UK: Upper Tribunal Decision In Samarkand And Proteus

The long-awaited Upper Tribunal Decision in the Samarkand and Proteus case has been published. The case relates to statutory sale and leaseback partnerships with partners claiming losses under the film acquisition relief provisions in sections 130-144 of the Income Tax (Trading and Other Income) Act 2005 where HMRC had successfully argued in the First Tier Tribunal that the partnerships were not trading on a commercial basis with a view to profit. This Decision was appealed to the Upper Tribunal, together with an Application for Judicial Review. The basis for the Judicial Review was that the taxpayers had a legitimate expectation derived from HMRC's Business Income Manual (BIM), such that it was not open to HMRC to raise trading arguments because the sale and leasebacks were "plain vanilla" transactions within the safe harbour parameters described in the BIM. The Upper Tribunal found in favour of HMRC on both grounds.

On the substantive issue of whether the partnerships were carrying on a trade on a commercial basis with a view to profit, the Upper Tribunal held that the First Tier Tribunal were entitled to conclude that the partnerships were not carrying on a trade as there had been no identifiable error of law in their statement of the principles. The key consideration was what the partnerships actually did, and on that basis, the First Tier Tribunal found as a fact that the leasing agreements could not be divorced from the sale and purchase agreements such that there was a single composite transaction. The Tribunal was entitled to find that what had occurred was a payment of a lump sum in return for a series of fixed payments over 15 years, which was not a transaction that amounted to an adventure in the nature of a trade. This conclusion is dependent on the particular facts as the First Tier Tribunal in its statement of principles accepted that a single purchase and leasing of an asset can be a trade and this was upheld by the Upper Tribunal.

On the question of commerciality, the fact that the transaction did not make a profit without the partners claiming tax relief was acknowledged to be a not entirely easy question to answer. It was accepted that the mere fact that a trade is only worth undertaking because of the availability of a tax relief does not by itself mean that the trade or business is not being carried on a commercial basis. However, the Upper Tribunal agreed with the First Tier Tribunal that anything that a partner does individually, not as one of the partners in the firm, does not form part of the partnership's business. As sideways loss relief is a claim by the individual partners and is not claimed as part of the partnership, then it had to be disregarded in considering the commerciality question. This distinguishes a partnership case from the case of a corporate, where a claim for tax relief is taken by the corporate. The Upper Tribunal acknowledged that this may have the consequence that it may be difficult, if not impossible, for partnerships to access relief of this sort, and they made no comment on the First Tier Tribunal's distinguishment of corporate bodies. This outcome is likely to lead to further debate and must be open to question.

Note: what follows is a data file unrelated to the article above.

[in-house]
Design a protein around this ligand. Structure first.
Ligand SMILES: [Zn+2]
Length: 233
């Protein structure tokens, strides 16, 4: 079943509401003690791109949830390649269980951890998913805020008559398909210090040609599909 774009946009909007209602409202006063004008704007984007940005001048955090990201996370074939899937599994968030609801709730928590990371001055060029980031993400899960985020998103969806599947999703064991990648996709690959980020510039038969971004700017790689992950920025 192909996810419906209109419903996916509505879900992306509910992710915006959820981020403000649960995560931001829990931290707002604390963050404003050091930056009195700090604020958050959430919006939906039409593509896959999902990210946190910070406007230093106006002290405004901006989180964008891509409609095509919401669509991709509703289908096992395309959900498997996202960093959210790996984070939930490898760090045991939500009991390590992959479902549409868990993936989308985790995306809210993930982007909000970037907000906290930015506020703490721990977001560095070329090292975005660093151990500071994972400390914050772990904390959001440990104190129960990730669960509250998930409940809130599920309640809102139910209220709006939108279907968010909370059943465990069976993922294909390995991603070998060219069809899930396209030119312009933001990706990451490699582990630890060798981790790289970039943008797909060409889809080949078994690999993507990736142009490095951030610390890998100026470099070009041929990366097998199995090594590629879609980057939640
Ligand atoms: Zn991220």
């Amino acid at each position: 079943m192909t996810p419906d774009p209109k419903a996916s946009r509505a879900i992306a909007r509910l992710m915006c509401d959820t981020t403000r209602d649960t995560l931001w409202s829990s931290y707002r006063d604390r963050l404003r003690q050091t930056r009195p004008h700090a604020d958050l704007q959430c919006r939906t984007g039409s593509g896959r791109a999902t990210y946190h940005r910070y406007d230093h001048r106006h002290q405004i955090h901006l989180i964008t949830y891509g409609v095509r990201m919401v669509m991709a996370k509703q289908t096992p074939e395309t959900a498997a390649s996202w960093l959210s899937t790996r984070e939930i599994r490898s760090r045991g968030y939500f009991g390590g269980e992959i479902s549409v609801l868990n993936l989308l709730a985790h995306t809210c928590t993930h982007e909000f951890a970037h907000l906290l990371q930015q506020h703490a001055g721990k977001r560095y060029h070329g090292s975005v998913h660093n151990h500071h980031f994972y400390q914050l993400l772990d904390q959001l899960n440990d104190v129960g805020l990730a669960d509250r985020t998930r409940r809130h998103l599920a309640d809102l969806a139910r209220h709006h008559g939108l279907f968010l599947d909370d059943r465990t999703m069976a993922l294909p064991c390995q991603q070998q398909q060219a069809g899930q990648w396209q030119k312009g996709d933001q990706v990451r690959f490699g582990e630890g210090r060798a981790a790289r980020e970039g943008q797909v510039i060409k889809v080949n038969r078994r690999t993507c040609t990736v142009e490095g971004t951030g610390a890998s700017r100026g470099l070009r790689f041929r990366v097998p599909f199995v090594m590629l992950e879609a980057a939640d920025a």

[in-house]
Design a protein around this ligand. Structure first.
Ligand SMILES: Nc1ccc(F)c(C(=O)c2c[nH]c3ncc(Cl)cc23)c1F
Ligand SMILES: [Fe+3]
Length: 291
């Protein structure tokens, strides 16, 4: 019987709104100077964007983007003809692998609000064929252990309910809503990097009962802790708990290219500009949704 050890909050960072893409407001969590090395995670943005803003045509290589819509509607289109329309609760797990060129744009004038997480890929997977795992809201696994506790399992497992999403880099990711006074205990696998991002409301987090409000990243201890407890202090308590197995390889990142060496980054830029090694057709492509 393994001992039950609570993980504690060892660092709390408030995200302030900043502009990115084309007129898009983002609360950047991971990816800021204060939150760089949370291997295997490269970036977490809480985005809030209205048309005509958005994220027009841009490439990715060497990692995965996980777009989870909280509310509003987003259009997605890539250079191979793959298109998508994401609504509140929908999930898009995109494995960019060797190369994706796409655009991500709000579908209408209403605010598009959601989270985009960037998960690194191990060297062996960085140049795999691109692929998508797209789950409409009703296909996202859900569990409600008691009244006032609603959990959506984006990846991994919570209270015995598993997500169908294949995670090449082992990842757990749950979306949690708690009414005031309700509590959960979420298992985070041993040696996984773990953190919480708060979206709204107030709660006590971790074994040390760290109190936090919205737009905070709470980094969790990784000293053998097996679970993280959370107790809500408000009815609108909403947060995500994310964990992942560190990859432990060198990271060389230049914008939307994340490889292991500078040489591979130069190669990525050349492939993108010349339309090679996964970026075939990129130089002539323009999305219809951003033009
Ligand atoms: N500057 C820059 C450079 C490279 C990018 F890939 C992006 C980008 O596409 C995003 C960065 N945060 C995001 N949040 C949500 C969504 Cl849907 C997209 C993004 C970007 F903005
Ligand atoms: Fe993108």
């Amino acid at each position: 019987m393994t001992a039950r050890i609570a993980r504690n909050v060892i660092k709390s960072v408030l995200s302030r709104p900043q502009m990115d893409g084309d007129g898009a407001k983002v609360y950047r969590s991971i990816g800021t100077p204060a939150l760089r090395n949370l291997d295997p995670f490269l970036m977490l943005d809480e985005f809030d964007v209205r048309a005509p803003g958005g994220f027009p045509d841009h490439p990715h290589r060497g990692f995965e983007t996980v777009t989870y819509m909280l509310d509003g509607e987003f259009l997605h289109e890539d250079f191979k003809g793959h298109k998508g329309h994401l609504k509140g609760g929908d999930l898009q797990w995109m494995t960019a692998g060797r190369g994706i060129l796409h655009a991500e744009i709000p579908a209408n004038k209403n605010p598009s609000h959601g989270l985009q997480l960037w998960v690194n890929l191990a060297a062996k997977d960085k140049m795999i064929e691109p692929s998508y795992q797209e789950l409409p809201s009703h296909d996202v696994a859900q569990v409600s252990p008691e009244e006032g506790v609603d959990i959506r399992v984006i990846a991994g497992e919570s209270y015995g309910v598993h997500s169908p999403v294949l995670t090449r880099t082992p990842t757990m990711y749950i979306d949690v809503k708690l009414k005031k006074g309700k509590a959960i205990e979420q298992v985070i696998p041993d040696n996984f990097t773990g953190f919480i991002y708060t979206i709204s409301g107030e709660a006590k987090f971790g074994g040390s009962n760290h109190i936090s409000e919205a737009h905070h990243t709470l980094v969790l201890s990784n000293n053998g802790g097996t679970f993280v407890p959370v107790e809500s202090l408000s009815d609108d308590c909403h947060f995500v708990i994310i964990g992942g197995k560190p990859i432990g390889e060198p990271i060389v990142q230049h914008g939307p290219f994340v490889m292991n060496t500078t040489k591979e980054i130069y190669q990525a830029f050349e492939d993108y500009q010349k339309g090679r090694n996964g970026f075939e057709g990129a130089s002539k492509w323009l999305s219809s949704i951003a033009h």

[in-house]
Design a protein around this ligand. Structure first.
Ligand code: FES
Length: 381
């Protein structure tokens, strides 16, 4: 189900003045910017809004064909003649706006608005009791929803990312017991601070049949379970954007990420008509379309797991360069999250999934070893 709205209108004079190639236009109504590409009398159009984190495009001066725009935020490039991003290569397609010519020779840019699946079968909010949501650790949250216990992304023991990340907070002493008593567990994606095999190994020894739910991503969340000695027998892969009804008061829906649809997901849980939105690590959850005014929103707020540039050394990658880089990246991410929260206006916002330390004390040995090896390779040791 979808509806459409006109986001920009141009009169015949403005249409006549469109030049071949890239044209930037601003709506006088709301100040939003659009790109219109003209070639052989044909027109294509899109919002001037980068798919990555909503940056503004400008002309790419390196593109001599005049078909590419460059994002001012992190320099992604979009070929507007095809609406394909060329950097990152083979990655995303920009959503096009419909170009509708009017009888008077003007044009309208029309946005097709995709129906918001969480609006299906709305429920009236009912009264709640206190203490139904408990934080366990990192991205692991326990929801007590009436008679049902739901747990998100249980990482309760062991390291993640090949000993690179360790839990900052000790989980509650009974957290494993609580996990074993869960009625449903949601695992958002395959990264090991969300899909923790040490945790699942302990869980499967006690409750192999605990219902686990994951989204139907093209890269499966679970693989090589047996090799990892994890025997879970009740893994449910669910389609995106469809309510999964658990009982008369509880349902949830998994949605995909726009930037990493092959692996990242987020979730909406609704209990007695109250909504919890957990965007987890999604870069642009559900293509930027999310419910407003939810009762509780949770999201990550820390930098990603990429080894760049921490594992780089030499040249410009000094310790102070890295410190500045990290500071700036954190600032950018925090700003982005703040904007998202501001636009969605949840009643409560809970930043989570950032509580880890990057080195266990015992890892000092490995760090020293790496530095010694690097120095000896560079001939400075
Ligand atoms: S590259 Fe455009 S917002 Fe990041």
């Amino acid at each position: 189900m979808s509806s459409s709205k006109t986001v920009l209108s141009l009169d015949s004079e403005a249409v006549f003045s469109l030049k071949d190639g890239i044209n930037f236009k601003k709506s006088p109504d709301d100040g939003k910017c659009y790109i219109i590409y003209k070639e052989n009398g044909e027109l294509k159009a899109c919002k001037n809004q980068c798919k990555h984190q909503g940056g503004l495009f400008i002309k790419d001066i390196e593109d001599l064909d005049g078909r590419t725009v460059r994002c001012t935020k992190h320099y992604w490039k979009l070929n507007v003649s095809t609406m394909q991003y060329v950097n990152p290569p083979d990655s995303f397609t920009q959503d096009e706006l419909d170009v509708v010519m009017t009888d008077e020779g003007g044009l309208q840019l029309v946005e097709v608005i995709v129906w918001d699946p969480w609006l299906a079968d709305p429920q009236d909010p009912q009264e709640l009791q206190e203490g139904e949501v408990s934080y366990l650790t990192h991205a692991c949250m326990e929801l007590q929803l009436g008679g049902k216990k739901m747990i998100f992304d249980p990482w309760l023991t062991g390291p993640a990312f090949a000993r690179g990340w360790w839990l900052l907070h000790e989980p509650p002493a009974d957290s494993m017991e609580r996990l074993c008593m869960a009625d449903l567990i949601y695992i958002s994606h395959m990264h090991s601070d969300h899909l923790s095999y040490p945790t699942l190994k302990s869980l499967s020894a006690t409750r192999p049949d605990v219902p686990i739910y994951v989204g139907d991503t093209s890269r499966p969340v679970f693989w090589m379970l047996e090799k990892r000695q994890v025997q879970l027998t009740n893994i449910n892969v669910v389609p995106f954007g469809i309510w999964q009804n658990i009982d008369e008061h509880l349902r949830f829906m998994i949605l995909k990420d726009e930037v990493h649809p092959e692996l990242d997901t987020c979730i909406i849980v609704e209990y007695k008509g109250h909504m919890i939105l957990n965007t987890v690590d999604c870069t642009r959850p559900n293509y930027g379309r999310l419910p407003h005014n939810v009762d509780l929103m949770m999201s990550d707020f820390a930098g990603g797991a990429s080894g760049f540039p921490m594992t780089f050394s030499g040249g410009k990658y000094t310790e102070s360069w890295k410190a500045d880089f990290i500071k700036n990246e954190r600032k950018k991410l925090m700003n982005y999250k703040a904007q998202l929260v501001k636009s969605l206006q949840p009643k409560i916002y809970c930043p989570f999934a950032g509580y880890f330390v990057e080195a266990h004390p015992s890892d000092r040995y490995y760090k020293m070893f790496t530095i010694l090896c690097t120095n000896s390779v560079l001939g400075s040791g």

The Judicial Review part of the Decision, whilst this also went against the taxpayer, is of assistance in other cases. The Upper Tribunal held that HMRC were not bound to apply the guidance in a case where avoidance was suspected, i.e. in cases which were not designed for tax deferral. The question therefore arose as to whether in the instant case there was a reasonable belief on the part of HMRC that these particular arrangements raised a rational suspicion that the scheme might be being used for tax avoidance rather than tax deferment. HMRC pointed to 155 other cases where claims to relief had been settled. Certain features were identified in those cases, and in particular five offshore features:

  1. A partnership with an offshore managing partner or other offshore indication
  2. An offshore lessee
  3. An offshore lending bank
  4. The partnership bank account being offshore
  5. Evidence that the partnership was marketed to non-doms or expected emigrants

While there were many schemes where claims had been settled which had one or more of these features (for example, 45 with feature (1), 19 with feature (2)), only one scheme exhibited all five features. As both Proteus and Samarkand exhibited all five features, the Upper Tribunal agreed with HMRC that evidence that claims to relief had been allowed where one or two offshore features are present cannot be elevated into a practice precluding HMRC from concluding that there might be tax avoidance where all five are present, and proceeding to challenge the scheme on whatever grounds they wished.

Therefore on the positive side, where a scheme does not demonstrate any of these features or only one or two – and is otherwise BIM compliant – then the BIM should apply such that HMRC would be precluded from raising the "trading on a commercial basis with a view to profit" argument.

This case marks another success for HMRC in a string of challenges brought against perceived tax avoidance. It will be interesting to see if this trend continues in the upcoming decisions on other structured film finance schemes such as the Ingenious (First Tier Tribunal) and Goldcrest (Upper Tribunal) cases.

The content of this article is intended to provide a general guide to the subject matter. Specialist advice should be sought about your specific circumstances.

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